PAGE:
Mandy Keifetz lives in Brooklyn, New York. Her work has appeared in Penthouse, Vogue, QW, the Review of Contemporary Fiction, the Comics Journal, Lou-Lou, the New York Press, Our Town, Manhattan Spirit, and many others. Corrido (represented in the U.S. by Malaga Baldi and in the U.K. by Annina Meyerhans at The Marsh Agency; optioned by Laura Phillips at Hanthum Films, U.K.) was her first novel and was favorably reviewed in several journals and on radio shows, and selected as a best first novel out of New York by the Library Journal. Entertainment Weekly called it “an intoxicating cocktail of sex and death.” Keifet was a Fellow with the New York Foundation for the Arts in 2002, and her plays have been staged in London at the Young Vic, in Cambridge at the Junction Theater, and at the Judith E. Wilson Studio, in Montréal at the Théâtre Ste. Catherine, in Oslo at the Samtidsfestivalen, and in New York at Where Eagles Dare Studios. She is an occasional MFA dissertation defense panelist at UMASS, Amherst.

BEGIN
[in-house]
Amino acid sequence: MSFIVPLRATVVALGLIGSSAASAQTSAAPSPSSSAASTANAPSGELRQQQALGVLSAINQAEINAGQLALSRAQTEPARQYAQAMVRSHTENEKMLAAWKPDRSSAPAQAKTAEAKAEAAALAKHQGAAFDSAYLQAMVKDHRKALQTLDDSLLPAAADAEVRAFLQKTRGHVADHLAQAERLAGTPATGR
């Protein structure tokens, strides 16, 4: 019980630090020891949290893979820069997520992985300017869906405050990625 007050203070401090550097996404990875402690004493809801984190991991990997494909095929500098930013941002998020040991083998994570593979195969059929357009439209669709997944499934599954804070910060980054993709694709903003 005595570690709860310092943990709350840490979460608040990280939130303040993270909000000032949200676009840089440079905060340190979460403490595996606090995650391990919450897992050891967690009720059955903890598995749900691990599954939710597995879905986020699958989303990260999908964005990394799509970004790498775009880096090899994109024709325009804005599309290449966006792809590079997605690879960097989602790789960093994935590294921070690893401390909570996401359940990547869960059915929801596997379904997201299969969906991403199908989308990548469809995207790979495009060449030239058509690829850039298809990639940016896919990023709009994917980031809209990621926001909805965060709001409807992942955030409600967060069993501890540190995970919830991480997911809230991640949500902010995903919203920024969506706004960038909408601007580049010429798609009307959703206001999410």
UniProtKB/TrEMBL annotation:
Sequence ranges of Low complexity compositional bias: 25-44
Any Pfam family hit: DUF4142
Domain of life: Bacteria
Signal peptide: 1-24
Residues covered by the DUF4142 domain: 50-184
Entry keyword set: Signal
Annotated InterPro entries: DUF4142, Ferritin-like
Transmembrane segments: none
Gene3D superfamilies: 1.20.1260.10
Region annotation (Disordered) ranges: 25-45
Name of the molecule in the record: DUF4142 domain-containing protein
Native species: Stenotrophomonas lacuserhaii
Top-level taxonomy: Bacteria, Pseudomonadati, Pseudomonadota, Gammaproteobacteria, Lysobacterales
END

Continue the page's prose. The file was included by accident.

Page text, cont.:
Novel Finalist: Tim Schell - The Memoir of Jake Weedsong
Donald Hall Prize for Poetry
Winner: Quan Barry
Water Puppets, University of Pittsburgh Press
Alberto Ríos, Judge: These poems impress with the enormous and energetic distances they travel. More impressive, however, is the focus they show on arrival. We are everywhere, but everywhere is distinctly somewhere—and often dangerous. These words are the essence of displacement. Yet these poems do not stop there, are not so easy on themselves, speaking in clear voice for the new as well as the past. They relentlessly address their—and our—changing and unchanging world against the loose backdrop of Vietnamese water-puppet theater, whose imaginative traditions show themselves in repeatedly memorable moments. These poems may move on water, but their voices do not falter.
Quan Barry is the author of the poetry collections Asylum and Controvertibles, both published by the University of Pittsburgh Press. She currently teaches at the University of Wisconsin.